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How do I file my family court documents during COVID-19?

Covid-19 Wills-Estate Planning

COVID-19 – Family Law

How do I file my family court documents during COVID-19?

Dealing with your family law matter is stressful on any given day.  Add in requirements for social distancing and social isolation and it can be more stressful.  Not only are you potentially dealing children at home and chaos in the supermarkets – you now need to work out how to see your lawyer and sign your affidavit or consent orders.

The Family Court of Australia and the Federal Circuit Court of Australia have issued a direction about how documents can be managed during the COVID-19 pandemic.  This includes your affidavit, financial statement and even consent orders. It is an extremely helpful resource and will be a relief to those who are unable to leave their homes.

A summary of the key parts of the joint practice direction are:

  1. All documents must be filed electronically via the Commonwealth Courts Portal.
  2. If a document is unable to be filed electronically it must be emailed to the Court for filing. The court will not accept hard copies of documents.
  3. If you need to inspect documents which have issued by subpoena you must contact the Registry and ask for permission to view the documents. Lawyers and parties should only make appointments to view documents if the matter is critically urgent.
  4. It is the usual practice in the Family Court (as opposed to the Federal Circuit Court) that annexures are not attached to the affidavit, just made available on the day of the hearing. Now, provided the annexures are not greater than 2cm in width the annexures should be attached to the affidavit and filed electronically.  If the documents are greater than 2cm in width, then you can contact the case-coordinator.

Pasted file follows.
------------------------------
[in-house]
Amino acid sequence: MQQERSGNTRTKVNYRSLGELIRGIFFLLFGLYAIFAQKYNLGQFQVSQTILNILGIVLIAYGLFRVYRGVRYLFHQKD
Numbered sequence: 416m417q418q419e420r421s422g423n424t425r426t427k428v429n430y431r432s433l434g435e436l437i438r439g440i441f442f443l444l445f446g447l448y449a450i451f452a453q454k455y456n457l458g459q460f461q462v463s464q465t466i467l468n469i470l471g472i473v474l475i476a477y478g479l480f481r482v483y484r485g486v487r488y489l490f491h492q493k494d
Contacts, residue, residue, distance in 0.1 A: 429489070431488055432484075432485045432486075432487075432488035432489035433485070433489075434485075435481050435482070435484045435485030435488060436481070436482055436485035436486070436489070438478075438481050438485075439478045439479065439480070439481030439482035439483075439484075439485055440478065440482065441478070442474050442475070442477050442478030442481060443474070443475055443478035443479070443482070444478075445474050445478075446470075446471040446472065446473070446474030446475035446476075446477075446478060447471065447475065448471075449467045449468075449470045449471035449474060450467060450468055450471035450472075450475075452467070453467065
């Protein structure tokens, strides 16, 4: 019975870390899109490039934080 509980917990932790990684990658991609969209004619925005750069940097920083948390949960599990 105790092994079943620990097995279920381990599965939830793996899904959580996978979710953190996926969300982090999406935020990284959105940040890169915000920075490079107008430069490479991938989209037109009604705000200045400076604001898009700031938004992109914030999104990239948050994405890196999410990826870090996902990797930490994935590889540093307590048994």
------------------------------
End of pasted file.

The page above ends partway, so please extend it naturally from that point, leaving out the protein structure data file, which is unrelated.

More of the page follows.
5. This next point is a significant change and probably the most practical. Documents, including affidavits, financial statements and consent orders can now be signed electronically, including having the person signing the document type their name in the relevant space in the signature block in lieu of physically signing the document.
  6. If parties are unable to sign affidavits with their lawyer or a qualified witness, then the Court will accept those documents which have been signed without a witness and then arrange to swear the contents (confirm the truth) when the matter is next before the Court.

We have many matters where we are assisting clients to resolve their matters.  These new directions will assist greatly in being able to ensure that clients can efficiently sign their consent orders and other court documents which have been prepared electronically.

We have special processes in place to ensure that documents are appropriately signed and there are no issues of fraud or duress which may arise.  We acknowledge that electronically signing documents through programs such as DocuSign can have implications and we will talk with individual clients about our requirements there.

If you would prefer to attend and sign documents in person we can facilitate that. We do however understand the need to maintain social distancing and adhere to directives by the Government regarding social isolation during the COVID-19 pandemic.  At this time lawyers remain an essential service pursuant to the Queensland Health directives.  This means that it is okay for you to attend at our office when required. When you attend at our office for these engagements we practice the required social distancing and ensure that our office is cleaned after each engagement.  We also space out any appointments we have to limit contact with others.

If you are not sure if this applies to your matter, or would like some further information about how we can assist you in preparing your settlement documents or consent orders, please contact us at 3343 9522 or

The full statement from the Court can be found here:

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